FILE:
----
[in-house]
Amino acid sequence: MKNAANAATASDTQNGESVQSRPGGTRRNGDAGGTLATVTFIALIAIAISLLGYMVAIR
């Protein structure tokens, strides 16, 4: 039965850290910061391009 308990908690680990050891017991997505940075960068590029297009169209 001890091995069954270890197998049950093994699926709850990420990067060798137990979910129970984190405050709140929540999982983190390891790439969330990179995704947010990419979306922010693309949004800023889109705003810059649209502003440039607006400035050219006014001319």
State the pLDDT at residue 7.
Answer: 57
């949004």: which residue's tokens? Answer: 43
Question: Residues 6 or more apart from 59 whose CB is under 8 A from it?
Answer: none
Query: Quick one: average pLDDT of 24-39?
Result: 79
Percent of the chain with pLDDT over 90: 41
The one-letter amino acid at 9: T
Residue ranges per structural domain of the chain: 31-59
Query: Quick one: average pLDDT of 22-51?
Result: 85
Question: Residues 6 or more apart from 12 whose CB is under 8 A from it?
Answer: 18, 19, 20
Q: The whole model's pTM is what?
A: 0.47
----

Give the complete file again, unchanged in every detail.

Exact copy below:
[in-house]
Amino acid sequence: MKNAANAATASDTQNGESVQSRPGGTRRNGDAGGTLATVTFIALIAIAISLLGYMVAIR
């Protein structure tokens, strides 16, 4: 039965850290910061391009 308990908690680990050891017991997505940075960068590029297009169209 001890091995069954270890197998049950093994699926709850990420990067060798137990979910129970984190405050709140929540999982983190390891790439969330990179995704947010990419979306922010693309949004800023889109705003810059649209502003440039607006400035050219006014001319």
State the pLDDT at residue 7.
Answer: 57
């949004």: which residue's tokens? Answer: 43
Question: Residues 6 or more apart from 59 whose CB is under 8 A from it?
Answer: none
Query: Quick one: average pLDDT of 24-39?
Result: 79
Percent of the chain with pLDDT over 90: 41
The one-letter amino acid at 9: T
Residue ranges per structural domain of the chain: 31-59
Query: Quick one: average pLDDT of 22-51?
Result: 85
Question: Residues 6 or more apart from 12 whose CB is under 8 A from it?
Answer: 18, 19, 20
Q: The whole model's pTM is what?
A: 0.47